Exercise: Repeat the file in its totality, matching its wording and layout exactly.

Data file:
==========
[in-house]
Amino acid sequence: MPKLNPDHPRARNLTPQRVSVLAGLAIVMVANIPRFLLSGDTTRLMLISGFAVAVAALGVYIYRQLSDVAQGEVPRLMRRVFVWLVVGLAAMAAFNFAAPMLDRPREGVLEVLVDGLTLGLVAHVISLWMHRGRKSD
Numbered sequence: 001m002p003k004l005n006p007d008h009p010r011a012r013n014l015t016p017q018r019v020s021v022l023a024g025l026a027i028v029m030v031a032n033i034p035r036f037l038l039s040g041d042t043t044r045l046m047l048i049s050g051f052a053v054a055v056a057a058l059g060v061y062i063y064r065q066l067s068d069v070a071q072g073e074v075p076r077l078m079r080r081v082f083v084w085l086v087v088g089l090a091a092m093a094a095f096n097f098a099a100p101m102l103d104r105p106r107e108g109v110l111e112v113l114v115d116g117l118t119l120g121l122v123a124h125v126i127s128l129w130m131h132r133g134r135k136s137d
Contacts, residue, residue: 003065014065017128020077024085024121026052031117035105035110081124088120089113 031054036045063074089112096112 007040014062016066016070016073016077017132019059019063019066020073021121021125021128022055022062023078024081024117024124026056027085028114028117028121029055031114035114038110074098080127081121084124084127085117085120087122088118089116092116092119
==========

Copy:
[in-house]
Amino acid sequence: MPKLNPDHPRARNLTPQRVSVLAGLAIVMVANIPRFLLSGDTTRLMLISGFAVAVAALGVYIYRQLSDVAQGEVPRLMRRVFVWLVVGLAAMAAFNFAAPMLDRPREGVLEVLVDGLTLGLVAHVISLWMHRGRKSD
Numbered sequence: 001m002p003k004l005n006p007d008h009p010r011a012r013n014l015t016p017q018r019v020s021v022l023a024g025l026a027i028v029m030v031a032n033i034p035r036f037l038l039s040g041d042t043t044r045l046m047l048i049s050g051f052a053v054a055v056a057a058l059g060v061y062i063y064r065q066l067s068d069v070a071q072g073e074v075p076r077l078m079r080r081v082f083v084w085l086v087v088g089l090a091a092m093a094a095f096n097f098a099a100p101m102l103d104r105p106r107e108g109v110l111e112v113l114v115d116g117l118t119l120g121l122v123a124h125v126i127s128l129w130m131h132r133g134r135k136s137d
Contacts, residue, residue: 003065014065017128020077024085024121026052031117035105035110081124088120089113 031054036045063074089112096112 007040014062016066016070016073016077017132019059019063019066020073021121021125021128022055022062023078024081024117024124026056027085028114028117028121029055031114035114038110074098080127081121084124084127085117085120087122088118089116092116092119